Bonnet's theorem

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This article is about Bonnet's theorem in classical mechanics. For the Bonnet theorem in differential geometry, see Bonnet theorem.

In classical mechanics, Bonnet's theorem states that if n different force fields each produce the same geometric orbit (say, an ellipse of given dimensions) albeit with different speeds v1, v2,...,vn at a given point P, then the same orbit will be followed if the speed at point P equals

v_{\mathrm{combined}} = \sqrt{v_{1}^{2} + v_{2}^{2} + \cdots + v_{n}^{2}}

This theorem was first derived by Adrien-Marie Legendre in 1817,[1] but it is named after Pierre Ossian Bonnet.


The shape of an orbit is determined only by the centripetal forces at each point of the orbit, which are the forces acting perpendicular to the orbit. By contrast, forces along the orbit change only the speed, but not the direction, of the velocity.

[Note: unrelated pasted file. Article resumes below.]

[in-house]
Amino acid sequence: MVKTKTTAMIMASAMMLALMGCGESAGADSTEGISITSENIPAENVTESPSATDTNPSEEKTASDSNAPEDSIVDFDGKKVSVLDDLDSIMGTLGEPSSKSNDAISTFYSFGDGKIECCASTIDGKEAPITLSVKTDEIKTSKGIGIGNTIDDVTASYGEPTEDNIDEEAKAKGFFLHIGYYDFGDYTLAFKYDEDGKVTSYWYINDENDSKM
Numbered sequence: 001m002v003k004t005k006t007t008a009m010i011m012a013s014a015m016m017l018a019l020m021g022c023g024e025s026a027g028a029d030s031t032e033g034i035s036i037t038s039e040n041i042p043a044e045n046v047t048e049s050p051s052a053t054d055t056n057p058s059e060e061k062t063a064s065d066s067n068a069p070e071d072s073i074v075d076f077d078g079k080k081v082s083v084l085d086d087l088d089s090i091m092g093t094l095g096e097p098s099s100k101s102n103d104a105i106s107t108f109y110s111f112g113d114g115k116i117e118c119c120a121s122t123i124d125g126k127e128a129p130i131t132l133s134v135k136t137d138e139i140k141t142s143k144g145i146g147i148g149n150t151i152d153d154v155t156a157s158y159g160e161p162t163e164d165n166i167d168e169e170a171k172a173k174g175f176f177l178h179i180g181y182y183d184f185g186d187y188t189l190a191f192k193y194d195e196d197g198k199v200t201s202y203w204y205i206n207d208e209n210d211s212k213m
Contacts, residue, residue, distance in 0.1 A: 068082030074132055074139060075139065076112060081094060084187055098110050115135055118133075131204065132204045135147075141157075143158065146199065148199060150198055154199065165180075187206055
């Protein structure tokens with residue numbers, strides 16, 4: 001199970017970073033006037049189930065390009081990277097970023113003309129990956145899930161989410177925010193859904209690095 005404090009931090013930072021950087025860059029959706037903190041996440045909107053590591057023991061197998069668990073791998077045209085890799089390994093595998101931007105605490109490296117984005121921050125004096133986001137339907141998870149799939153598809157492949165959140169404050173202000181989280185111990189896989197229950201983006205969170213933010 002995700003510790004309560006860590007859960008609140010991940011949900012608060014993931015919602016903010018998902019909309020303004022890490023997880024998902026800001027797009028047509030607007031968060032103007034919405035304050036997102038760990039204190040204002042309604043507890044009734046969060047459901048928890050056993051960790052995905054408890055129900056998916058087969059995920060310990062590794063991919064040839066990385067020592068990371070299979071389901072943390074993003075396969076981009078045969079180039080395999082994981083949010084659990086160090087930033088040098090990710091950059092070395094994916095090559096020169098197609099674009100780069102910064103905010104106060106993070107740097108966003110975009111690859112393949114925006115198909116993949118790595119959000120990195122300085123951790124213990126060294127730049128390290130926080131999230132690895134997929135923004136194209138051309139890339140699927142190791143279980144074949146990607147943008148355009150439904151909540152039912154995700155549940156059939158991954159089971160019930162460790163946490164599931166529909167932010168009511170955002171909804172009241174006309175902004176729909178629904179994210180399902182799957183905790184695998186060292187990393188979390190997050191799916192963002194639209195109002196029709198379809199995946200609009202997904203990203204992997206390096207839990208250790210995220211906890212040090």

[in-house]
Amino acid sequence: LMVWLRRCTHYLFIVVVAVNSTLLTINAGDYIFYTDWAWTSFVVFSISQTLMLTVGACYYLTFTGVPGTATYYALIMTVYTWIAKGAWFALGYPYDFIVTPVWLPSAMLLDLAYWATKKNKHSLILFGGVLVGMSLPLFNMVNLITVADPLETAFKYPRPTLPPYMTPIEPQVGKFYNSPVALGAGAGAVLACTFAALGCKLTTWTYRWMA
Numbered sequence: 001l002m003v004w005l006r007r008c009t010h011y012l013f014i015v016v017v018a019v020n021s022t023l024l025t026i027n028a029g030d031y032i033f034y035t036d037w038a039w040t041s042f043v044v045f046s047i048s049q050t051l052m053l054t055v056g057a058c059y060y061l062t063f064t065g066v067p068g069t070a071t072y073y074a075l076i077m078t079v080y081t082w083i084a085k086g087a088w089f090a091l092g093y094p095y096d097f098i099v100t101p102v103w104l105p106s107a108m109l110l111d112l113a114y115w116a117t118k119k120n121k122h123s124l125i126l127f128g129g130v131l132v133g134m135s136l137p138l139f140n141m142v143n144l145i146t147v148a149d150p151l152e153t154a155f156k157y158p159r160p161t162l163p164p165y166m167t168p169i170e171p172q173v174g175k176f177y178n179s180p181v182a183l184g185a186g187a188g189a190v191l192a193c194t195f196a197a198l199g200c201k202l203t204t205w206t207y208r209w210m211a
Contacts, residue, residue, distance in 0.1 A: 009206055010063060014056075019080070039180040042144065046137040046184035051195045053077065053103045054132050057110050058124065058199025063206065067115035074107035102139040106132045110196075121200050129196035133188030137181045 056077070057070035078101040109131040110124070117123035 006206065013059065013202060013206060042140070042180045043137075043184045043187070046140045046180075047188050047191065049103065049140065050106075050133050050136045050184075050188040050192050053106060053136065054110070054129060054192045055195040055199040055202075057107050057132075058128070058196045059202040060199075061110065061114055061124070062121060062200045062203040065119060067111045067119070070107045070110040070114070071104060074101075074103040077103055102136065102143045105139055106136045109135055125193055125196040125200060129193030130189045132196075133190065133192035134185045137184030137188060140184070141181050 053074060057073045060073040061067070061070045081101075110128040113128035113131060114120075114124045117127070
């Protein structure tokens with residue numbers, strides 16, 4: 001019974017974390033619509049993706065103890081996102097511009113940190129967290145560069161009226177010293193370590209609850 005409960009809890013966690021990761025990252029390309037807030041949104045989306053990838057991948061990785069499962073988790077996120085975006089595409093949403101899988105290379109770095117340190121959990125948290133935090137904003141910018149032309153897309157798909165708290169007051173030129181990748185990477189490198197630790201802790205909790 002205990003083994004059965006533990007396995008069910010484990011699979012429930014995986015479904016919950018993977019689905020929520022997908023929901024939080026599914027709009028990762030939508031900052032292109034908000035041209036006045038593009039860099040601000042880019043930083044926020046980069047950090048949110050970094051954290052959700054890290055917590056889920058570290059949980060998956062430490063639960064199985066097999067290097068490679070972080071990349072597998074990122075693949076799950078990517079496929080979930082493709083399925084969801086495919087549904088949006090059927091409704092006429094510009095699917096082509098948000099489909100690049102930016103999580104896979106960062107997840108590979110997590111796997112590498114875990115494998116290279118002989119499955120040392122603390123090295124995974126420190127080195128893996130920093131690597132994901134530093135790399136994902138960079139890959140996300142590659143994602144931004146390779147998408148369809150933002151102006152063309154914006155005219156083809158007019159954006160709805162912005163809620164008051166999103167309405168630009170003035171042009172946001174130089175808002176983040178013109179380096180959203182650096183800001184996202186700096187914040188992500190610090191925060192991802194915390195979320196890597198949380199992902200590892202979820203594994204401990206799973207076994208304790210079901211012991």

Let the instantaneous radius of curvature at a point P on the orbit be denoted as R. For the kth force field that produces that orbit, the force normal to the orbit Fk must provide the centripetal force

F_{k} = \frac{m}{R} v_{k}^{2}

Adding all these forces together yields the equation

\sum_{k=1}^{n} F_{k} = \frac{m}{R} \sum_{k=1}^{n} v_{k}^{2}

Hence, the combined force-field produces the same orbit if the speed at a point P is set equal to

v_{\mathrm{combined}} = \sqrt{v_{1}^{2} + v_{2}^{2} + \cdots + v_{n}^{2}}


  1. ^ Legendre, A-M (1817). Exercises de Calcul Intégral 2. Paris: Courcier. pp. 382–3.